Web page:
by Lawrence M. O'Rourke
December 13, 2004
Medicaid, the nation's largest health care program for the poor, disabled and nursing home residents, appears headed for the chopping block in 2005.
Strengthened by the election, the Republican majority on Capitol Hill looks ready to join President Bush in putting a lid on federal Medicaid spending, according to members of Congress and state officials.
"Republicans are real sincere about cutting the budget, and that makes Medicaid vulnerable," said Rep. George Radanovich, R-Calif., a member of the Energy and Commerce Committee, where Medicaid legislation starts.
Many congressional Republicans want to get to a balanced federal budget even faster than Bush, who has promised to cut the deficit in half over the next five years, Radanovich said.
"The big entitlements, including Medicaid, are on the table," he said.
Rep. Anna Eshoo, D-Calif., also a member of the Energy and Commerce Committee, agreed.
"Medicaid could be on the table next year, including cuts in program services," she said. "The president has already proposed turning the program into a block grant and eliminating the intergovernmental transfer program that is so vital for hospitals serving low-income individuals and families in California. I will oppose this."
Cutting health care programs is a tough go on Capitol Hill.
Americans, while supporting deficit reduction, are overwhelmingly against targeting Medicaid for big cuts, said Linda A. DiVall, a GOP pollster.
When asked where Congress should cut spending, survey respondents start with trimming the tax cuts enacted by Republicans during the first Bush term, and follow with cuts in foreign aid, corporate tax breaks, the war in Iraq and welfare, DiVall said.
"Medicaid, Social Security and Medicare are the untouchables," she said.
But Medicaid cuts have to be put into the mix if the Republicans are to accomplish other 2005 goals announced by Bush, budget analysts contend. State government officials say they are bracing for a bruising battle over Medicaid next year.
Congress will have many high-ticket items on its agenda next year. Bush has called for a reform of the tax code that almost certainly would result in lost revenue. Bush wants to overhaul Social Security, a process that could force the federal government to borrow an estimated $2 trillion to fill the gap between lost tax revenue and the benefits promised taxpayers 55 and older.
While the president on Thursday ruled out tax increases to finance any Social Security changes, aides say his views on Medicaid will be contained in the budget he unveils in February.
As he met in the Oval Office with a panel of advisers on Social Security, the president declared: "We will not raise payroll taxes to solve this problem."
Rep. Robert Matsui of California, a leading Democratic spokesman on Social Security, said that the president left open the possibility of borrowing to pay for Social Security privatization.
"Hiding the truth about benefit cuts or fleecing the public on massive borrowing would have a disastrous effect on the economy, not to mention the trust of the American people," Matsui said.
The size and timing of Medicaid reductions has not been set, administration and GOP officials said. They said the cuts might be accomplished through a cap on federal spending put in place gradually over 10 years, leaving states time to adjust by raising state taxes or lowering benefits.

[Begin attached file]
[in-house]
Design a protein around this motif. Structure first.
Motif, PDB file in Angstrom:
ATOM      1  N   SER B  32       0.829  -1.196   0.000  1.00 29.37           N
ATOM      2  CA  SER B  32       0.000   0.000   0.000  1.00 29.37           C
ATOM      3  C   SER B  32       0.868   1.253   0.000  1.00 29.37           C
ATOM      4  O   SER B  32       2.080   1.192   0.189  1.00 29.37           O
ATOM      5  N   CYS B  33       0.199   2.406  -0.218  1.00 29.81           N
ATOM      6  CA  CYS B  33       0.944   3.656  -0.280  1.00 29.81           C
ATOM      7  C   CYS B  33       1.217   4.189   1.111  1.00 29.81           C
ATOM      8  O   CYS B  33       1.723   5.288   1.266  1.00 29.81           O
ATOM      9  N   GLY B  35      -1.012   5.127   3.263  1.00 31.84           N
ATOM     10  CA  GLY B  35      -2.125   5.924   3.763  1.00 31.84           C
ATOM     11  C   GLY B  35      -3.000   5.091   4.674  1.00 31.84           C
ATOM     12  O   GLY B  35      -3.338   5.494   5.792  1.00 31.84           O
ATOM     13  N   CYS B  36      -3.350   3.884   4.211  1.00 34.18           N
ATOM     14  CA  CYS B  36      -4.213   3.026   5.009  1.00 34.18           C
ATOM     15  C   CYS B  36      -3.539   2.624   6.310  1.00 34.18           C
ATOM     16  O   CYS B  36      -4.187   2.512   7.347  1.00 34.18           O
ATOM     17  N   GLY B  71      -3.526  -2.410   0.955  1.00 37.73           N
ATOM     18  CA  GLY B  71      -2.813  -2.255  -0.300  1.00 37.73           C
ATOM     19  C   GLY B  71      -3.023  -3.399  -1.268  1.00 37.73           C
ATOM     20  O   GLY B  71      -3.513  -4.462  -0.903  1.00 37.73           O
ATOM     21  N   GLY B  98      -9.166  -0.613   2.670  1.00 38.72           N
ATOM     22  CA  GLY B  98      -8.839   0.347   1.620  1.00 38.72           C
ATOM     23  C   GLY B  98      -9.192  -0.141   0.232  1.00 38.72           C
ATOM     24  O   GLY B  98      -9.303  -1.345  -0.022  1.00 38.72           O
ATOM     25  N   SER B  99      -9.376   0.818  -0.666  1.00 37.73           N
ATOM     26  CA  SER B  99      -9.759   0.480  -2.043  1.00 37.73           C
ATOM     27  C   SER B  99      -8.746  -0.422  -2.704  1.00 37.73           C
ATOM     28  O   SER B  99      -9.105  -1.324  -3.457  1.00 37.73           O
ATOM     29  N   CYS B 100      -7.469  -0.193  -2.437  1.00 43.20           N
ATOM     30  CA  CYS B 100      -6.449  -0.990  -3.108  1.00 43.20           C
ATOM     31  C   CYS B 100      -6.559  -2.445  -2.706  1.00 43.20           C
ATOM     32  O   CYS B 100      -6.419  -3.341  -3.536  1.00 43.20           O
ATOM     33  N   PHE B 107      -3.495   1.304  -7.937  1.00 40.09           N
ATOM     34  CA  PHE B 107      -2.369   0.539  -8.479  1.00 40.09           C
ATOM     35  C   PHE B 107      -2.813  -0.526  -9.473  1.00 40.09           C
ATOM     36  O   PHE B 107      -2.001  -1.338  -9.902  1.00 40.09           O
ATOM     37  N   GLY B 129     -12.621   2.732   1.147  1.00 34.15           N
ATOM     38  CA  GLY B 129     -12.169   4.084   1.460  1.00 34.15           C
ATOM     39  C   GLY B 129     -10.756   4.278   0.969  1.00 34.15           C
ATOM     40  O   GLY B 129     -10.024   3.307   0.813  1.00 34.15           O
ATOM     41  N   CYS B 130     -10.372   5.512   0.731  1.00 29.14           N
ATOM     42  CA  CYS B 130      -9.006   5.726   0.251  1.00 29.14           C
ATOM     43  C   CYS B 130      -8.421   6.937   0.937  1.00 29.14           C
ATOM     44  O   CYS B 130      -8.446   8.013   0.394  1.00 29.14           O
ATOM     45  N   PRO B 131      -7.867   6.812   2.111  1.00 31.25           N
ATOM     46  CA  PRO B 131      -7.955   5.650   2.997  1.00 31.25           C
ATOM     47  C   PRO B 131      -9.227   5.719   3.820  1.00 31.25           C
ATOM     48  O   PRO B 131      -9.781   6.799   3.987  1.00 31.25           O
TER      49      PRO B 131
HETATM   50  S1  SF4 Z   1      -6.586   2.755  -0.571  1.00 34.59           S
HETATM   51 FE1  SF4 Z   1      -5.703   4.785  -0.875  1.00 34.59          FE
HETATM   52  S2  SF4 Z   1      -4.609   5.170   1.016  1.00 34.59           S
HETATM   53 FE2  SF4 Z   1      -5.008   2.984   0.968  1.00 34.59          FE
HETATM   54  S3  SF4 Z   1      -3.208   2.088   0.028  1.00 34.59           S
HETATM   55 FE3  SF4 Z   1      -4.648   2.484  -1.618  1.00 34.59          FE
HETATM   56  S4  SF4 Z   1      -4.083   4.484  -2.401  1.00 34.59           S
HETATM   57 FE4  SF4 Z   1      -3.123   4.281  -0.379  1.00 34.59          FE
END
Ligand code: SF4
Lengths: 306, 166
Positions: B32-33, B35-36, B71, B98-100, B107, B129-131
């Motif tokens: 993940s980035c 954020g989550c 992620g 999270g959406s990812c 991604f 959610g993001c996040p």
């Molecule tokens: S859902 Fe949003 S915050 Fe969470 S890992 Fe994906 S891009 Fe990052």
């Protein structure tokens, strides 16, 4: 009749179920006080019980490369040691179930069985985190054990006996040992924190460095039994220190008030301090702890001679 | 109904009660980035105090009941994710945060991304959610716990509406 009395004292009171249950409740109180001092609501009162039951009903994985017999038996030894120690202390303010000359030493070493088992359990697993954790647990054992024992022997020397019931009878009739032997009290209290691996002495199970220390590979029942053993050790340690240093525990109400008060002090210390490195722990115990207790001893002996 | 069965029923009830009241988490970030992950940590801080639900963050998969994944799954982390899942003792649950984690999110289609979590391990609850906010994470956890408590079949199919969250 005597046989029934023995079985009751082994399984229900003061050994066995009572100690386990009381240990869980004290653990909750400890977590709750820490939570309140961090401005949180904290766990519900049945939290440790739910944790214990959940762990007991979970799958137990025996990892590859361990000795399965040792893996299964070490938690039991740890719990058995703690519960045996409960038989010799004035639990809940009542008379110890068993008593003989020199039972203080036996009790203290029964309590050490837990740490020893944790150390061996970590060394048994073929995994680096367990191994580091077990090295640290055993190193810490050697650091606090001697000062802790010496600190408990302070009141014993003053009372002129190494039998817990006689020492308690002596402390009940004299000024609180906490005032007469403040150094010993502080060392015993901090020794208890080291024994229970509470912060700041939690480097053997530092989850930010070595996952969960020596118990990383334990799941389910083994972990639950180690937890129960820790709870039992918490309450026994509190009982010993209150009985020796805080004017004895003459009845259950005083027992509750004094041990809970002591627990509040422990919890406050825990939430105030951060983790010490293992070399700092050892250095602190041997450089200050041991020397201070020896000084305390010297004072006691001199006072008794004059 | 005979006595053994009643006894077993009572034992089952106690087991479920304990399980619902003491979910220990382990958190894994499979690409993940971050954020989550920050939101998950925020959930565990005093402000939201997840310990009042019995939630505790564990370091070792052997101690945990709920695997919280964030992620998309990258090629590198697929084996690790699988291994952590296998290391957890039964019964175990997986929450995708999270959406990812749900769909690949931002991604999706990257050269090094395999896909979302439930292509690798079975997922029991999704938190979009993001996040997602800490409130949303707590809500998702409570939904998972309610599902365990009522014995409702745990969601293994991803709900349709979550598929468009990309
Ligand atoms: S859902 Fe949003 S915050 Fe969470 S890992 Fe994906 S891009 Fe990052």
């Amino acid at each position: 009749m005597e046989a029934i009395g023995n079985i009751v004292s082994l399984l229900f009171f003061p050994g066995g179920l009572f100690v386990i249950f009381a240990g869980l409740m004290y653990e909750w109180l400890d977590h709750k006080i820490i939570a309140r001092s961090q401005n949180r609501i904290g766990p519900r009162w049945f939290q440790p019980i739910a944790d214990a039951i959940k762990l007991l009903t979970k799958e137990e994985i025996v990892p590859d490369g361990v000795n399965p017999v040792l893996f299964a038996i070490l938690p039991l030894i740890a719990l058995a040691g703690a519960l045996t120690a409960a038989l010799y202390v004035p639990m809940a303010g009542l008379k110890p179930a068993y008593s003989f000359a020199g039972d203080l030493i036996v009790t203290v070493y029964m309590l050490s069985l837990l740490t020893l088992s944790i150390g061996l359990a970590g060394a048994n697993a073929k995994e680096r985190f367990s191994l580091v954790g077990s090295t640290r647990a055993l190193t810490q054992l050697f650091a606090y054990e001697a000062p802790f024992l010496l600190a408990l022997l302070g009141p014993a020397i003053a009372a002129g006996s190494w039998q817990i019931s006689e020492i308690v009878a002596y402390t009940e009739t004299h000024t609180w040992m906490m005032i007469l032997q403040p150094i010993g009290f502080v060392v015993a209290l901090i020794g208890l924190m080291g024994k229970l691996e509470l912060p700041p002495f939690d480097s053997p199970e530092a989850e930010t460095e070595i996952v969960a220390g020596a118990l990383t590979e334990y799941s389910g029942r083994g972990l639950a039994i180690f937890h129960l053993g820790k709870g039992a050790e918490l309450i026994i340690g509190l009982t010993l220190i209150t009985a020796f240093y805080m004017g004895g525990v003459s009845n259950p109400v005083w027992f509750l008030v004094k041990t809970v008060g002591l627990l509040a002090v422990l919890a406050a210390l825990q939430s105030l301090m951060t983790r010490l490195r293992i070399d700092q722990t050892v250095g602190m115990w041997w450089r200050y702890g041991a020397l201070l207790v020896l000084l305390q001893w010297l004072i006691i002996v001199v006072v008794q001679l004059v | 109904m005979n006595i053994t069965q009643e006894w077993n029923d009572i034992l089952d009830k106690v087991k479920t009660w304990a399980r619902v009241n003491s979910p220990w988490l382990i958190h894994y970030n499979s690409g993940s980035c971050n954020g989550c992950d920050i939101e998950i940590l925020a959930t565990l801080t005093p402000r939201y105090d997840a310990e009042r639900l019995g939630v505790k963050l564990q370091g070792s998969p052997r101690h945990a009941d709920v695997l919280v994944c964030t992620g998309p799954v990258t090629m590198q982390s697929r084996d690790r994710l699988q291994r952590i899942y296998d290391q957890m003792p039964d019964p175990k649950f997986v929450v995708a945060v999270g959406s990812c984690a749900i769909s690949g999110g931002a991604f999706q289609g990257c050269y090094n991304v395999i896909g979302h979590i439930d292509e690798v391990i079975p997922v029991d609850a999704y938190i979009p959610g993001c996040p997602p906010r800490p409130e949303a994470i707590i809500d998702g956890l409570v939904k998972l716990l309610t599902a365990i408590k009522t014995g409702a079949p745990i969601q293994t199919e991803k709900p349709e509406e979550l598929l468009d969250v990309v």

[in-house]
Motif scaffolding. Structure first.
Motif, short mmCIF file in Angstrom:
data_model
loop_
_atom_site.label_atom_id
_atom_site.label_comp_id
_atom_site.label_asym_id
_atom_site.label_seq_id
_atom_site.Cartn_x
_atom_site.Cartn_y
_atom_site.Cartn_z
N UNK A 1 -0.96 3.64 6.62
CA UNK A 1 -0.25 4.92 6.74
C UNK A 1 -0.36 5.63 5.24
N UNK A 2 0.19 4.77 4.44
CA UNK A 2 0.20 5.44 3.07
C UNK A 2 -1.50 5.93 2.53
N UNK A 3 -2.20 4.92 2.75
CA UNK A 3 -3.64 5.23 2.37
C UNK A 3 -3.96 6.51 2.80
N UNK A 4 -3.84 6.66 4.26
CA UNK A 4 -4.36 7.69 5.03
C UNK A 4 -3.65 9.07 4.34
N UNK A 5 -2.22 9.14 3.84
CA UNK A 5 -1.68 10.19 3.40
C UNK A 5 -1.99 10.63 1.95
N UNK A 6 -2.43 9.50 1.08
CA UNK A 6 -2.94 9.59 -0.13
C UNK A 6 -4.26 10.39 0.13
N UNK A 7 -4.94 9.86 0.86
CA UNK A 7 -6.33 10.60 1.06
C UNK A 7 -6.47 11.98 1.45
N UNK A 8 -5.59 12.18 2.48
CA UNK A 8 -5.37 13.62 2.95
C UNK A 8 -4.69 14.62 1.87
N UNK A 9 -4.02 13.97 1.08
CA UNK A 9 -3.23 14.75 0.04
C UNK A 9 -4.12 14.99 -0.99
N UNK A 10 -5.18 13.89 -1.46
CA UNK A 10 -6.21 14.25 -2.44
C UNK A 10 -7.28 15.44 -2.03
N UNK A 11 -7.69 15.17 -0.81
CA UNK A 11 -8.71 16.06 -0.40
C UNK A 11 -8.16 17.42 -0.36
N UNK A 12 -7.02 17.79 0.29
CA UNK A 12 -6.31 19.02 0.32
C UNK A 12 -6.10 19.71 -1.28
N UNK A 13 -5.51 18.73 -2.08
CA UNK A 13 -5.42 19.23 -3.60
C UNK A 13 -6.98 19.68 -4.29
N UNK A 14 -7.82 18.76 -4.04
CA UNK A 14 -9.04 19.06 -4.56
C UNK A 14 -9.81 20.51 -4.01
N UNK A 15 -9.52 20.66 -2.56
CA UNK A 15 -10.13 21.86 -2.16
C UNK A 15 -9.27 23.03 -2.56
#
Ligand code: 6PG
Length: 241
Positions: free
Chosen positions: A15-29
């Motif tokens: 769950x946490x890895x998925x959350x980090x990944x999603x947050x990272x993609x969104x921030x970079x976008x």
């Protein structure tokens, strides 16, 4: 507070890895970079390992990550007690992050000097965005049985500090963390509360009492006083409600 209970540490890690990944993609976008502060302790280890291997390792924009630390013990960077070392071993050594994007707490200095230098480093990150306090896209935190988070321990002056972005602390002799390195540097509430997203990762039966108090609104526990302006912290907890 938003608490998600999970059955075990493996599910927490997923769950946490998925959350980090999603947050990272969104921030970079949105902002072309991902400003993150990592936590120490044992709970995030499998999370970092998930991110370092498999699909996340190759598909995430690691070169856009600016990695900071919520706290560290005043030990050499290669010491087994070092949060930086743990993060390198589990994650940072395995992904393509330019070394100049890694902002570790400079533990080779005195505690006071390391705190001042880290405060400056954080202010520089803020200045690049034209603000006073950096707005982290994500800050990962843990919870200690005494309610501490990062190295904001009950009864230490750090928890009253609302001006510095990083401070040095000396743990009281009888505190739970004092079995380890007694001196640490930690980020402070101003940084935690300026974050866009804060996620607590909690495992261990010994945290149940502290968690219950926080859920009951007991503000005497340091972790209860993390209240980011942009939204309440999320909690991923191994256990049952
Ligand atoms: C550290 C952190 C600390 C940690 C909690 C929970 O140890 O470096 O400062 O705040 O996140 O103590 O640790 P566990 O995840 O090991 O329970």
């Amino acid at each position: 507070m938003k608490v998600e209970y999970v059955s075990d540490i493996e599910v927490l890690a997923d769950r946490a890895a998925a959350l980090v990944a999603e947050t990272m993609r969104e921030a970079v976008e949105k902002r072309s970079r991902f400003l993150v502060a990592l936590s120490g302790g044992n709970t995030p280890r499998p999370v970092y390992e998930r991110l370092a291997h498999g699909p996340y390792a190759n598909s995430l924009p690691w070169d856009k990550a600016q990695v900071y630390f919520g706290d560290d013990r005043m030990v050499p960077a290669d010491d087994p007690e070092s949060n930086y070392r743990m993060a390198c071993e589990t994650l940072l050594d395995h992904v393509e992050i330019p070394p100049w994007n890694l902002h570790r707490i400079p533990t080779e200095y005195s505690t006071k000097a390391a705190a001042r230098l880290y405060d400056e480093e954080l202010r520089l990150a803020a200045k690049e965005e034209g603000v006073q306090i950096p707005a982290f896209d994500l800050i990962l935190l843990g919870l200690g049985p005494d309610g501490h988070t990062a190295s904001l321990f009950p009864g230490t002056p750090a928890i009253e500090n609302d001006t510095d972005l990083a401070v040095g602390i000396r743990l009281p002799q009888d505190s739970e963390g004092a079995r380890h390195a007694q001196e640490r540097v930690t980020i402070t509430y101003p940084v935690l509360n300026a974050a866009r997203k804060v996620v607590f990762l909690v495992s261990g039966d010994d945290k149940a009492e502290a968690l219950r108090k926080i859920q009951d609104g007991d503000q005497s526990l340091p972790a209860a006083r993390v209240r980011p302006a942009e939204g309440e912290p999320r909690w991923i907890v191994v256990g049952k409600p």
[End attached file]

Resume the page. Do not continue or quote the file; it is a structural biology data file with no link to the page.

Medicaid experts said the Bush proposal probably will be structured to show continued increases in federal outlays for Medicaid, but at less than the inflation rate.
Medicaid is regarded as a likely target for reductions at the federal level because it is now the largest government health care program, costing federal and state governments about $300 billion a year, more than Medicare. Medicaid pays about 17 percent of U.S. spending on hospital care, according to the Centers for Medicare and Medicaid Services.
The federal government matches state spending for the services Medicaid covers, with the federal matching rate ranging from 50 percent to 77 percent of benefit costs.
DiVall said that only 7 percent of the Americans she polled think the government is spending too much on Medicare, and only 6 percent say the same about Medicaid. That contrasts to 59 percent who favor reductions in tax cuts for those with over $200,000 a year in taxable income, according to DiVall.
Medicaid costs, like other health costs, are being driven higher by inflation in the costs of goods and services, an increase in prescription drug use and costs, and expanding enrollment, according to Diane Rowland, executive director of the private Kaiser Commission on Medicaid and the Uninsured.
A new federal report said that Medicaid is "excessively overpaying" for prescription drugs. Five large retail pharmacies paid an average of 22 cents for five widely prescribed generic drugs but received 56 cents in reimbursement from Medicaid, according to a study by the Department of Health and Human Services inspector general.
"The system is broken and needs to be fixed," said Rep. Joe Barton, R-Texas, chairman of the Energy and Commerce Committee. "The federal government could save hundreds of millions of dollars per year if states would bring drug reimbursement more in line with what it actually costs pharmacies and other health care providers to purchase these drugs.
Distributed by Scripps Howard News Service.